We all have those off days when you really just feel like doing nothing. Turns out our animal friends are just the same, sometimes even worse! Here are just some of the laziest animals around.
The koala bear is a cute and cuddly animal, but it’s not actually a "bear" at all. Koalas are marsupials or pouched mammals. These cuddly fluff balls live in Australia and you can usually find them in eucalyptus trees. They have grey fur and a cream-coloured chest, and even if they look like cute and soft cuddly bears, they have very sharp claws that help them cling onto the trees.
The koala is definitely one of the laziest animals and can sleep between 18 hours and 22 hours a day, spending most of their lives lounging in trees. Koalas don’t actually drink a lot of water as they get most of the moisture from eating the eucalyptus leaves. They eat a lot for their size - around two and a half pounds of leaves every day!
These fuzzy mammals were hunted by many during the 1920s and 1930s while had a big impact on their population. But with various reproductive programs, their population began to increase. Sadly, their populations are still small and more scattered, with climate change a major threat to their survival.
The opossum is another marsupial, this time originating from America. These little animals are successful scavengers thanks to their adaptability and tolerant immune system.
Opossums are around the size of a cat, with grey fur and a white face, a long pointy snout, round dark eyes, and hairless ears, paws and tail.
As already mentioned, these animals are very adaptable and can live in a variety of different habitats and climates, as long as they have food, shelter, and water. Being omnivores, their diet consists of a variety of food, including meat and plants. They also love insects and can hunt for small animals like chicks or snakes.
One thing the opossum is known for is "playing dead" in front of predators. When they experience intense fear, they seize up and drop to the floor. It is thought that they can control whenever they want to "play dead" but actually, they have no control at all, nor for how long they do it. It is an involuntary action caused by stress.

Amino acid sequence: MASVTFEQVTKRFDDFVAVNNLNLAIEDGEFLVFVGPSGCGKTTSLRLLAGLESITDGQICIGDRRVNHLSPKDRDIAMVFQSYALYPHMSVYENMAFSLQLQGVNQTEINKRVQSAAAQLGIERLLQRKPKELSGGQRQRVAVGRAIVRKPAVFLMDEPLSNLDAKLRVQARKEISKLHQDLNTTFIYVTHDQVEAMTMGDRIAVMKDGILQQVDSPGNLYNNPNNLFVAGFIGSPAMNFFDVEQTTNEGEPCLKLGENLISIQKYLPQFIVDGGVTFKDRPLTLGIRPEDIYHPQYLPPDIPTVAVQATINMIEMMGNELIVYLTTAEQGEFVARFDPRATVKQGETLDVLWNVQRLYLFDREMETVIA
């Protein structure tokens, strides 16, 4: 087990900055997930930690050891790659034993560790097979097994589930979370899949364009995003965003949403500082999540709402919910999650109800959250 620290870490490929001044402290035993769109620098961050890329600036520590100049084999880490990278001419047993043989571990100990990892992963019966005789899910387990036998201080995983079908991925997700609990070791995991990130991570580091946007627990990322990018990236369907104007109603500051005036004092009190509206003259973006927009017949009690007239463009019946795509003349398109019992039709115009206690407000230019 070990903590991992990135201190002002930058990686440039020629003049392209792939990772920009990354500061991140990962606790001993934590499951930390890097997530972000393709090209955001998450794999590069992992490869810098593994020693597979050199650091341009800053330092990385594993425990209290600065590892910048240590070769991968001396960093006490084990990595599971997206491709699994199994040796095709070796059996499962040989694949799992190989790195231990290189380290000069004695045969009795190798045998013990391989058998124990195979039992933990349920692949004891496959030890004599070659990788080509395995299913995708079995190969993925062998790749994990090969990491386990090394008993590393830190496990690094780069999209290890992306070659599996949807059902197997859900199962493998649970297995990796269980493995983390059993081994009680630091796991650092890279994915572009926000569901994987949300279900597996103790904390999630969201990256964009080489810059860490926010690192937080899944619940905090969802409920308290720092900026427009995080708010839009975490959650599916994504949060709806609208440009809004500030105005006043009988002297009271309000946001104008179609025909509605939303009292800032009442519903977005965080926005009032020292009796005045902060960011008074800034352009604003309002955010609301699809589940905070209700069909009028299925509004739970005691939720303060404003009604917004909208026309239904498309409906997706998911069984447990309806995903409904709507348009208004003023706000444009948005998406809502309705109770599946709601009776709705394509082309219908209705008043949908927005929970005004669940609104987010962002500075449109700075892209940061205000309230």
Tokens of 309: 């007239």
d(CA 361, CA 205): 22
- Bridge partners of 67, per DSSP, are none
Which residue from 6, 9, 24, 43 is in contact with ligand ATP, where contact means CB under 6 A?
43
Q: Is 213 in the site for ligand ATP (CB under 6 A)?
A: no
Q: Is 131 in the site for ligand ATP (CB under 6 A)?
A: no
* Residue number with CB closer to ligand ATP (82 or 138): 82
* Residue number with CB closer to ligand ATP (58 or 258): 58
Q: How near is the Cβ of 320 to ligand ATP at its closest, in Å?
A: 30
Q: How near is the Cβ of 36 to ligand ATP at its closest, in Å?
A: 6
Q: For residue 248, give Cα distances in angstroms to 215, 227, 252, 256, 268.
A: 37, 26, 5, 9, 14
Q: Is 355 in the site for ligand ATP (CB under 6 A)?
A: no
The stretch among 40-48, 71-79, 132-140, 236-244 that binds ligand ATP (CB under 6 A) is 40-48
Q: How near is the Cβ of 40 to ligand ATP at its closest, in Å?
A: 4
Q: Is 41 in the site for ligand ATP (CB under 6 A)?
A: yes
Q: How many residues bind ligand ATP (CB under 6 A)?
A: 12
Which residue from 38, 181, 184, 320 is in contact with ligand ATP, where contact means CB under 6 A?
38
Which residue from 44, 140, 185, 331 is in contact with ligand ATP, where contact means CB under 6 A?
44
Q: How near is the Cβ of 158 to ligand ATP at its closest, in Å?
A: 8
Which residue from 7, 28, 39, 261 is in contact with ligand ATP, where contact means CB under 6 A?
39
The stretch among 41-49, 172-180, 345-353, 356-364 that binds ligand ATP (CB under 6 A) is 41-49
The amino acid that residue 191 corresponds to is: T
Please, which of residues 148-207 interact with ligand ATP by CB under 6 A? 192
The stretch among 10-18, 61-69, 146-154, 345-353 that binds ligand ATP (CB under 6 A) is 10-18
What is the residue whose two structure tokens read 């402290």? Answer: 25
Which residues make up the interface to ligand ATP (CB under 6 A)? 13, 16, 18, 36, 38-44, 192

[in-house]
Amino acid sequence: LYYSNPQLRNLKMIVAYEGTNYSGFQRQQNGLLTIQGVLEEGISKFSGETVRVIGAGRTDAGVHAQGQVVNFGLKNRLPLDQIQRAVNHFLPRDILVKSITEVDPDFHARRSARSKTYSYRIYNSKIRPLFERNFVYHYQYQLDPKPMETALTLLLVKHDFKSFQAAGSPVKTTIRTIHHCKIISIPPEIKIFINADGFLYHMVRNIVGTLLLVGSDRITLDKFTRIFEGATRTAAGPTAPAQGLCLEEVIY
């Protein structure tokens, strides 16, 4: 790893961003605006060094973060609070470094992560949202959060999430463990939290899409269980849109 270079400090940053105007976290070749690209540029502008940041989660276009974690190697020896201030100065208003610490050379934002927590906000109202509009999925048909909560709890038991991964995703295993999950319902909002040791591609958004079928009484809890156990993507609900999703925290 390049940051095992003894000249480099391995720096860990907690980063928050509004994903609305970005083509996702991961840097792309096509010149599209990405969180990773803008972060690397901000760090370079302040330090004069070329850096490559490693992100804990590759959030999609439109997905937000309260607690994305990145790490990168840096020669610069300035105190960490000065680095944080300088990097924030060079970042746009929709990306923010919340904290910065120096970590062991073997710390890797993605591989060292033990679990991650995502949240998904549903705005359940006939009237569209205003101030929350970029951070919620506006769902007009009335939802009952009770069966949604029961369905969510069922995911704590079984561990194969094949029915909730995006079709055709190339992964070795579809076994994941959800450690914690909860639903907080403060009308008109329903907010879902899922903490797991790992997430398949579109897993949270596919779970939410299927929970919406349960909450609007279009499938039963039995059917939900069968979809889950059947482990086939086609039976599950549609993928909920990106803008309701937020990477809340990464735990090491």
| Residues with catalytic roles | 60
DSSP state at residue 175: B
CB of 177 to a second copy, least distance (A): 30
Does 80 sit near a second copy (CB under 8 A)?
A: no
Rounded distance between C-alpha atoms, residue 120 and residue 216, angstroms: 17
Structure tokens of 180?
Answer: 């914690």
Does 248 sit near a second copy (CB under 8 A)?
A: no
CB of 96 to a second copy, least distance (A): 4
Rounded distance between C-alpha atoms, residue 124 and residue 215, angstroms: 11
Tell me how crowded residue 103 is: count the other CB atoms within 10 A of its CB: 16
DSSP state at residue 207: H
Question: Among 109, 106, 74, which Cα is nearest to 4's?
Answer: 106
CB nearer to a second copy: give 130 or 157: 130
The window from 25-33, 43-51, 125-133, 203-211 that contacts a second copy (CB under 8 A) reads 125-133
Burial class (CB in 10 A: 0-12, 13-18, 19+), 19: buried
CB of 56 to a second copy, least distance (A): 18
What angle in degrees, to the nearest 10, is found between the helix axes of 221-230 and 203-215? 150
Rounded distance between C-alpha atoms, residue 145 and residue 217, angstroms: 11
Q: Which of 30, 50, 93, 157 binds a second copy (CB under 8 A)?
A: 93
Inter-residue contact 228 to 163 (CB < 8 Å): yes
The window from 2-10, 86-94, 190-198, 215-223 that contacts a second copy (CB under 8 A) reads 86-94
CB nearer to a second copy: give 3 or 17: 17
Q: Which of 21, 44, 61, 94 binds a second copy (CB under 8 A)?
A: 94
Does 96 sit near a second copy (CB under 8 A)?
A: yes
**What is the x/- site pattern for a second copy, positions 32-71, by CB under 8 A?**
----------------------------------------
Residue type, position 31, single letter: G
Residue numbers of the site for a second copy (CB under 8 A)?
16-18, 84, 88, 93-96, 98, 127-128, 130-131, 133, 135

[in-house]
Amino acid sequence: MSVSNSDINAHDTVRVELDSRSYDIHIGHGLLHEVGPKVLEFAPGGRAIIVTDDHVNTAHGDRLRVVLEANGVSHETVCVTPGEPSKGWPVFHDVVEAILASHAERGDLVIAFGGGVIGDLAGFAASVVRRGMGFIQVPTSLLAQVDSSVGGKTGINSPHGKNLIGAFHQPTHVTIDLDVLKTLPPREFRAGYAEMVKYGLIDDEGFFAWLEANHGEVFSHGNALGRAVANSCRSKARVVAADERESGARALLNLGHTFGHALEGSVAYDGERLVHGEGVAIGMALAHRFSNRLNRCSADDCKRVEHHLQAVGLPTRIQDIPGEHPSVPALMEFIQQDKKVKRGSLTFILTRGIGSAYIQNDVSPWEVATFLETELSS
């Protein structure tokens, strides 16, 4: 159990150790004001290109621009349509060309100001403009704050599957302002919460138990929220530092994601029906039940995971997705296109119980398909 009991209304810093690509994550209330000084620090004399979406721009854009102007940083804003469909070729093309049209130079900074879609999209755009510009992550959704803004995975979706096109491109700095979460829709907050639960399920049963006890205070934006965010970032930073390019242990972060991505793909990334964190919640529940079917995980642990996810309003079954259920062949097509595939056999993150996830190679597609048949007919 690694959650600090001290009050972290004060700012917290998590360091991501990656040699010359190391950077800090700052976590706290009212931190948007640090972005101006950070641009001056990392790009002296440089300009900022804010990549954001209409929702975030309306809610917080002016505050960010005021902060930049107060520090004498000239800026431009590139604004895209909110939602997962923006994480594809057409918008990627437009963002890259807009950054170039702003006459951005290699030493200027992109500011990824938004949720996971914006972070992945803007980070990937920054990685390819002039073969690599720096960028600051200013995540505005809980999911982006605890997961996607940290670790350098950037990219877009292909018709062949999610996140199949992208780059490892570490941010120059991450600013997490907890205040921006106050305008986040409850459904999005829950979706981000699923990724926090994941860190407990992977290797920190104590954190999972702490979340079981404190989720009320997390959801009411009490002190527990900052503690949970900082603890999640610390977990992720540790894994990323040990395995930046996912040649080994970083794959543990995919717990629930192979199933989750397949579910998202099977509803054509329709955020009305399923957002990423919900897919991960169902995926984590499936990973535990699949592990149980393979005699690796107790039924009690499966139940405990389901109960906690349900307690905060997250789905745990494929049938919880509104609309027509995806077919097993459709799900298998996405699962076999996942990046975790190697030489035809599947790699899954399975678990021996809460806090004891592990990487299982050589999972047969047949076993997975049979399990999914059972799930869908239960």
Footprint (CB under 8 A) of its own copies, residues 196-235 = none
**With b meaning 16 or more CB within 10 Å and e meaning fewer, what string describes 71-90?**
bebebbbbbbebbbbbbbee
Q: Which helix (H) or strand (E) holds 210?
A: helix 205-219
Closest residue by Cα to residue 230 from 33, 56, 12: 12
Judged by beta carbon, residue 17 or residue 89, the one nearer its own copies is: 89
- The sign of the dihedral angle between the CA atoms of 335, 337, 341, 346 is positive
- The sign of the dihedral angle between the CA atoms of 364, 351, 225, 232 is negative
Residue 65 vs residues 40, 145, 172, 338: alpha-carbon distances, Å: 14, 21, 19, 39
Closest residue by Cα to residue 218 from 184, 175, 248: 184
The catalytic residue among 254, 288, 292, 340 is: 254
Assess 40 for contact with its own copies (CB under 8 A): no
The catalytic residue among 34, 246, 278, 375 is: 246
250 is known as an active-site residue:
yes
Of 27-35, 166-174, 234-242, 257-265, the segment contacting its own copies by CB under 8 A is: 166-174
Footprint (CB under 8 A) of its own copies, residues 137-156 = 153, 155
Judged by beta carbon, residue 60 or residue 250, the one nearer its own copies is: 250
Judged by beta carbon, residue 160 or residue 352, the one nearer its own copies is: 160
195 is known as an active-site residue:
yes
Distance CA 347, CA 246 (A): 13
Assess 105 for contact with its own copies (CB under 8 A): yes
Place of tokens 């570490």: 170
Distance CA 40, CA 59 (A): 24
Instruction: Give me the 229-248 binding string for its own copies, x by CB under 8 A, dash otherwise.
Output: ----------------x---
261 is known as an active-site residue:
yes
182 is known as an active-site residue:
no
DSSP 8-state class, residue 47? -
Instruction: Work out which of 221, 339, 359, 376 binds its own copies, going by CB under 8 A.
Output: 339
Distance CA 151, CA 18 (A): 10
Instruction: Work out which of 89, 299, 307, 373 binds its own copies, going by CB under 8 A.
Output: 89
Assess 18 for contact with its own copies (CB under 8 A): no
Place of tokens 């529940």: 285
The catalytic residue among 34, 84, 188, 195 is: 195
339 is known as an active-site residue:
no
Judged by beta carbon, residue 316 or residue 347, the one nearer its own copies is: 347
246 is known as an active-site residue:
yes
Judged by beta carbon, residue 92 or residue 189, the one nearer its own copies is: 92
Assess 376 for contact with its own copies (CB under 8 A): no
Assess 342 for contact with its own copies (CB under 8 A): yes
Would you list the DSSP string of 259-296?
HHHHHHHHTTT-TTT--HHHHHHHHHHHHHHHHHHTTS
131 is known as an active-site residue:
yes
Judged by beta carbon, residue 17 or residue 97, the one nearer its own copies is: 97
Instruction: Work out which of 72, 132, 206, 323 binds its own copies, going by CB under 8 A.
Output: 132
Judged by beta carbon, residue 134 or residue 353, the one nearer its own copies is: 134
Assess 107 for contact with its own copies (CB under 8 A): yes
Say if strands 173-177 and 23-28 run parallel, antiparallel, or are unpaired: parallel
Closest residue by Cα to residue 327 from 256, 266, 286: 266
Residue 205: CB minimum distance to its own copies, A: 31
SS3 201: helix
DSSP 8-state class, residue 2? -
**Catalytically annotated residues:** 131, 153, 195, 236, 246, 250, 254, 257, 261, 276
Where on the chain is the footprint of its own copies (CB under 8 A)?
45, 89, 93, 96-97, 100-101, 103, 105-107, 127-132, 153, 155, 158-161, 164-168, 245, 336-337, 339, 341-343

Opossoms are nocturnal animals and can sleep from 18 to 20 hours a day! They aren’t aggressive by nature and shelter wherever they see fit.
Hamsters are a part of the rodent family. There are many different breeds, such as the Campbell, China, Roborovski, Russian Hamster and Golden. Depending on the breed, they can live up to 10 years in the wild, and up to 3 years in captivity.
This little creature has a fairly compact body and short legs that are wide compared to its silhouette. Their tails are very thick and small, and their fur can come in different colors such as black, grey, honey, white, brown, yellow, red, or a combination of these colours. The most well-known characteristic of hamsters is undoubtedly their large cheeks. These cheeks, or pouches, enable them to carry large amounts of food such as fruit, seeds, or vegetables. Full cheeks can make their heads double or even triple in size!
These little balls of fluff are pretty lazy but are great as pets because they are easy to breed in captivity, easy to care for and interact well with people. Hamsters sleep a lot and can also go into hibernation, especially in the winter (for up to 2 or 3 days). It is sometimes difficult to spot them in their cages and they don’t always respond when you call them.
Hippopotamuses are large, round animals, and are native to America. The word “hippopotamus” comes from the Greek word for “water horse”. Hippos are the third largest living land mammal, after elephants and rhinos.
They love to live in lakes and rivers and can spend up to 16 hours a day in the water. Hippos also live in groups (up to 30 members). Even if they seem like big, heavy animals, they are light and graceful in the water, and can hold their breath for up to five minutes! Hippos also love to bask on the shoreline secreting an oily, red substance that acts as a kind of suncream, protecting them against the sun and even germs.
There are two species of hippos that prefer different types of habitat. The common hippo lives in East Africa around the Sahara. On the other hand, the pygmy hippos like to live in swamplands and can be found in West Africa.
Hippos like to take naps and are some of the sleepiest animals on earth, spending on average 10 hours each day sleeping. They can sleep underwater too, they just have to come up for air every now and then!
Last but not least, the animal which comes to mind when we think of laziness is the sloth. Sloths can be found in the jungles of Central and South America. These animals are very slow and take hours to do just about anything. They spend most of their time in treetops and can sleep up to 20 hours a day!
Sloths are medium-sized mammals and their bodies are usually 50-60 cm long. There are actually two different types of sloth: the two-toed sloth and the three-toed sloth which are then classified into 6 different species. Despite the "two-toed" name, all sloths have three toes. In fact, the two-toed sloth is given its name based on its two "fingers"(or claws), not its toes. Three-toed sloths have, you guessed it, three fingers! These "fingers" are very sharp, strong claws that they use to hold onto tree branches. They are also used as a natural weapon to possible predators.
Three-toed sloths typically eat tree buds, new shoots, fruit and leaves, whereas two-toed sloths eat insects, small reptiles and even birds. Their four-part stomach slowly digests food, which can take up to a month! This means that they have very little energy left to move around, which makes them one of the slowest animals in the world.
Which one of these lazy animals is your favourite?